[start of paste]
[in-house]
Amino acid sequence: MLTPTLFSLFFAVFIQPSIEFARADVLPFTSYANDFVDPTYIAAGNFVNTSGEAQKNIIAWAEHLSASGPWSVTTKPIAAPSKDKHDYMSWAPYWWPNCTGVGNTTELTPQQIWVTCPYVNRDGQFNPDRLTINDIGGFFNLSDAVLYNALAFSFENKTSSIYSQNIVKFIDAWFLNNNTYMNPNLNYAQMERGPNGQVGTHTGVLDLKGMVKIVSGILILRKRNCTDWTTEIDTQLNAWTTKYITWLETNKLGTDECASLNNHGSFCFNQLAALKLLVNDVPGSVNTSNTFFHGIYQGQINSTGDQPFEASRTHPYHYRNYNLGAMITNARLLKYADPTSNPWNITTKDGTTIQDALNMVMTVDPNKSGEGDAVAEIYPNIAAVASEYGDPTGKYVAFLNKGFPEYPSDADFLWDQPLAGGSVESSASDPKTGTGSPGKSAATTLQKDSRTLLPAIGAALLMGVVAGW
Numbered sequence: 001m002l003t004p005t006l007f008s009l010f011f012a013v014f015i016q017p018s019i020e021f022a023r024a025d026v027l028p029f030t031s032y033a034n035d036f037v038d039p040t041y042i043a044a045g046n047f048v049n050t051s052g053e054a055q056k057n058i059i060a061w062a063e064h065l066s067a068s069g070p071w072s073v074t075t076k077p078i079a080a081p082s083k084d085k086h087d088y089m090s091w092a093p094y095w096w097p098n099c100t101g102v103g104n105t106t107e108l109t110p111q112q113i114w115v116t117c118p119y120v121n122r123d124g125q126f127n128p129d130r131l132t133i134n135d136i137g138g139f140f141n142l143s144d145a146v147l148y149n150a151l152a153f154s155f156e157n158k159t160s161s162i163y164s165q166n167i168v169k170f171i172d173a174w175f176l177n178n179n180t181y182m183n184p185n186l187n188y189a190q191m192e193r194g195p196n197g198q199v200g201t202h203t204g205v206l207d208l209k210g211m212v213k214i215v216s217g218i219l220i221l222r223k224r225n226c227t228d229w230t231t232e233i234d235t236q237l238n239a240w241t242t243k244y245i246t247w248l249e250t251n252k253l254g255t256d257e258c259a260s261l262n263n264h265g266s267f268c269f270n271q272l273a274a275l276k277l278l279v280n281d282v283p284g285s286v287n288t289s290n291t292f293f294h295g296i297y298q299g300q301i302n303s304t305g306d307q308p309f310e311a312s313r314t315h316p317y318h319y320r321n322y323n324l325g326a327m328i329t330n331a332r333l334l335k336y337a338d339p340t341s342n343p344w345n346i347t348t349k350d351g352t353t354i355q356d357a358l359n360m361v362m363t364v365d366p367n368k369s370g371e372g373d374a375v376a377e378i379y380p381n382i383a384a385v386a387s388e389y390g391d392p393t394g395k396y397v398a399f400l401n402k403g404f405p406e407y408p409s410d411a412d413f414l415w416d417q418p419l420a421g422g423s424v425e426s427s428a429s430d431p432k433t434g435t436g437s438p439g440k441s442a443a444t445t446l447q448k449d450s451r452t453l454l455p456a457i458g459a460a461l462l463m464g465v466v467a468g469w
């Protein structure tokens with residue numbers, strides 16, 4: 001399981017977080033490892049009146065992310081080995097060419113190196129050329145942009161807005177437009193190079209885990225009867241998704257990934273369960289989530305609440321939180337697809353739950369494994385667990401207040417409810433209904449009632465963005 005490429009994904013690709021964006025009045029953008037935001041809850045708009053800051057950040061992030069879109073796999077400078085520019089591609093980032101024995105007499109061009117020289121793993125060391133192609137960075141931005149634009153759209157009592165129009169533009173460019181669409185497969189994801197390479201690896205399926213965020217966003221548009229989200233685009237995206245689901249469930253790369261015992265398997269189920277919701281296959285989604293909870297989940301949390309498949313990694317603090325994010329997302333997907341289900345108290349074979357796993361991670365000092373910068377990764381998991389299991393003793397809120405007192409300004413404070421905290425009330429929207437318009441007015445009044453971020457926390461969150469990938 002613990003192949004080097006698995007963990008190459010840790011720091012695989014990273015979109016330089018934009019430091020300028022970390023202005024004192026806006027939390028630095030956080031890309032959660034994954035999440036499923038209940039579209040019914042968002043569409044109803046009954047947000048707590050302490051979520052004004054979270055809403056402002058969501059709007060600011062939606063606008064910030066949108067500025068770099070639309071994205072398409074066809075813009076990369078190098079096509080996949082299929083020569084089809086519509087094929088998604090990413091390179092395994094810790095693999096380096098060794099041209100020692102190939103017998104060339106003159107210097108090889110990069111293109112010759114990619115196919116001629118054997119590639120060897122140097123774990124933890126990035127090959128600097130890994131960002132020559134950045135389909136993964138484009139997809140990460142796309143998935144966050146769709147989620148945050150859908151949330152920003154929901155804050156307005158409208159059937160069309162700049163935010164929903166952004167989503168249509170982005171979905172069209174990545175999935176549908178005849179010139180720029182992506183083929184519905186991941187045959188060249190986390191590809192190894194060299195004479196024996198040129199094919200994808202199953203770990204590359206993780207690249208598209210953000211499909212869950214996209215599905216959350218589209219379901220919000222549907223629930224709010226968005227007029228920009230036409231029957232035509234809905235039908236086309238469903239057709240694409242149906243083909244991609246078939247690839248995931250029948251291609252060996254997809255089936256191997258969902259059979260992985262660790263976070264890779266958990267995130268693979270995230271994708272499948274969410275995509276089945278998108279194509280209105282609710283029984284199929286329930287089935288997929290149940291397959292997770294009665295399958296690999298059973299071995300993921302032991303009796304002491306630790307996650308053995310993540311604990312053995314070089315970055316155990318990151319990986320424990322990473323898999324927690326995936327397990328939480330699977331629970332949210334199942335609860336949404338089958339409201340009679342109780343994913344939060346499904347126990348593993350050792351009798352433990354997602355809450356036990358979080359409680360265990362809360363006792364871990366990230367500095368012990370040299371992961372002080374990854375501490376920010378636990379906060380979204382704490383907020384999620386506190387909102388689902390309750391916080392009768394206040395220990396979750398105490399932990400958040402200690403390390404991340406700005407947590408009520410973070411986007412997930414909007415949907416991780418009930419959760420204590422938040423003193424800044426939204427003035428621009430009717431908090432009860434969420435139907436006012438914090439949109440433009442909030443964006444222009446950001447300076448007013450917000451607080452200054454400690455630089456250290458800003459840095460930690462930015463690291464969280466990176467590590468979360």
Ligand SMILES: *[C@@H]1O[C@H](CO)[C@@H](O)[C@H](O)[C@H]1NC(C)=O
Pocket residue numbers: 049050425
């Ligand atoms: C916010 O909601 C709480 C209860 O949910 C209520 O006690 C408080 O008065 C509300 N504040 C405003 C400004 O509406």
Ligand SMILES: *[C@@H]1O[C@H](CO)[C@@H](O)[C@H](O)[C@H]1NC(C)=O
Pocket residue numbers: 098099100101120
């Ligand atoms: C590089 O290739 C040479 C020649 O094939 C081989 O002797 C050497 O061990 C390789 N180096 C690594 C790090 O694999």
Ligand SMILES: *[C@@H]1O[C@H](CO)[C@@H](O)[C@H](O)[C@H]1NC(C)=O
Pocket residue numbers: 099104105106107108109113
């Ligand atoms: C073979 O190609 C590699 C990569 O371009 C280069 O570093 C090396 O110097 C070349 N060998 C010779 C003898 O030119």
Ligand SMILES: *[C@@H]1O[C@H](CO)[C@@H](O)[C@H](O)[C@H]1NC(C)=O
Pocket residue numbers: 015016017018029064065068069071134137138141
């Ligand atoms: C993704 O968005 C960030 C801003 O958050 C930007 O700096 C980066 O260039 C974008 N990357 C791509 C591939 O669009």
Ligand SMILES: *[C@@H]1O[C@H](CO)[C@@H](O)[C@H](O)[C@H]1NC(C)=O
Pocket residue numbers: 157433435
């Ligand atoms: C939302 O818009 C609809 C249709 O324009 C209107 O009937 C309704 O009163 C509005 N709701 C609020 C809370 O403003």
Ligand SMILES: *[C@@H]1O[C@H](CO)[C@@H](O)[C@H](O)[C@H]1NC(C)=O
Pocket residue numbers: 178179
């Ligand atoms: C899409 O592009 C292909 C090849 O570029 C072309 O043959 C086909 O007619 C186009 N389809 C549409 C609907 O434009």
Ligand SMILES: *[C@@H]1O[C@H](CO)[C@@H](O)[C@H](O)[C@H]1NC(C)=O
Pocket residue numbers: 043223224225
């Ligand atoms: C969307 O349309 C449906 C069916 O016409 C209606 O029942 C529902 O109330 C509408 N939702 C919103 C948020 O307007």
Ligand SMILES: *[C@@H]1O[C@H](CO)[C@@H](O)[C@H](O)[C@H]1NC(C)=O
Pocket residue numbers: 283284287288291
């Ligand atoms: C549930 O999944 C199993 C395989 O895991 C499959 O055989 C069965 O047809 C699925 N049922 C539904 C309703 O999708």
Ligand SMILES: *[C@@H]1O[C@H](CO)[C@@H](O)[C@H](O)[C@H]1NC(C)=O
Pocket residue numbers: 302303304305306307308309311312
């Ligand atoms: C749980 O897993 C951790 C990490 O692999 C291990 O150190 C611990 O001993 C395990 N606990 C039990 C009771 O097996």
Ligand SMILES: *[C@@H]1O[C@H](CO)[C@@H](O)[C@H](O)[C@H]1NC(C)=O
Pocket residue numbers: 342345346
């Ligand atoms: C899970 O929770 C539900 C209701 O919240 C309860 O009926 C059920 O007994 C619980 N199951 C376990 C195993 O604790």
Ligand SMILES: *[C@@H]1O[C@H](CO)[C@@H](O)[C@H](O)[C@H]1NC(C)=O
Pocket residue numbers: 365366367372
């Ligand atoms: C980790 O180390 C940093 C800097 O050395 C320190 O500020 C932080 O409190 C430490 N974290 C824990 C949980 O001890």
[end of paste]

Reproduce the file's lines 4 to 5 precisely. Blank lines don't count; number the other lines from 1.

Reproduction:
């Protein structure tokens with residue numbers, strides 16, 4: 001399981017977080033490892049009146065992310081080995097060419113190196129050329145942009161807005177437009193190079209885990225009867241998704257990934273369960289989530305609440321939180337697809353739950369494994385667990401207040417409810433209904449009632465963005 005490429009994904013690709021964006025009045029953008037935001041809850045708009053800051057950040061992030069879109073796999077400078085520019089591609093980032101024995105007499109061009117020289121793993125060391133192609137960075141931005149634009153759209157009592165129009169533009173460019181669409185497969189994801197390479201690896205399926213965020217966003221548009229989200233685009237995206245689901249469930253790369261015992265398997269189920277919701281296959285989604293909870297989940301949390309498949313990694317603090325994010329997302333997907341289900345108290349074979357796993361991670365000092373910068377990764381998991389299991393003793397809120405007192409300004413404070421905290425009330429929207437318009441007015445009044453971020457926390461969150469990938 002613990003192949004080097006698995007963990008190459010840790011720091012695989014990273015979109016330089018934009019430091020300028022970390023202005024004192026806006027939390028630095030956080031890309032959660034994954035999440036499923038209940039579209040019914042968002043569409044109803046009954047947000048707590050302490051979520052004004054979270055809403056402002058969501059709007060600011062939606063606008064910030066949108067500025068770099070639309071994205072398409074066809075813009076990369078190098079096509080996949082299929083020569084089809086519509087094929088998604090990413091390179092395994094810790095693999096380096098060794099041209100020692102190939103017998104060339106003159107210097108090889110990069111293109112010759114990619115196919116001629118054997119590639120060897122140097123774990124933890126990035127090959128600097130890994131960002132020559134950045135389909136993964138484009139997809140990460142796309143998935144966050146769709147989620148945050150859908151949330152920003154929901155804050156307005158409208159059937160069309162700049163935010164929903166952004167989503168249509170982005171979905172069209174990545175999935176549908178005849179010139180720029182992506183083929184519905186991941187045959188060249190986390191590809192190894194060299195004479196024996198040129199094919200994808202199953203770990204590359206993780207690249208598209210953000211499909212869950214996209215599905216959350218589209219379901220919000222549907223629930224709010226968005227007029228920009230036409231029957232035509234809905235039908236086309238469903239057709240694409242149906243083909244991609246078939247690839248995931250029948251291609252060996254997809255089936256191997258969902259059979260992985262660790263976070264890779266958990267995130268693979270995230271994708272499948274969410275995509276089945278998108279194509280209105282609710283029984284199929286329930287089935288997929290149940291397959292997770294009665295399958296690999298059973299071995300993921302032991303009796304002491306630790307996650308053995310993540311604990312053995314070089315970055316155990318990151319990986320424990322990473323898999324927690326995936327397990328939480330699977331629970332949210334199942335609860336949404338089958339409201340009679342109780343994913344939060346499904347126990348593993350050792351009798352433990354997602355809450356036990358979080359409680360265990362809360363006792364871990366990230367500095368012990370040299371992961372002080374990854375501490376920010378636990379906060380979204382704490383907020384999620386506190387909102388689902390309750391916080392009768394206040395220990396979750398105490399932990400958040402200690403390390404991340406700005407947590408009520410973070411986007412997930414909007415949907416991780418009930419959760420204590422938040423003193424800044426939204427003035428621009430009717431908090432009860434969420435139907436006012438914090439949109440433009442909030443964006444222009446950001447300076448007013450917000451607080452200054454400690455630089456250290458800003459840095460930690462930015463690291464969280466990176467590590468979360």
Ligand SMILES: *[C@@H]1O[C@H](CO)[C@@H](O)[C@H](O)[C@H]1NC(C)=O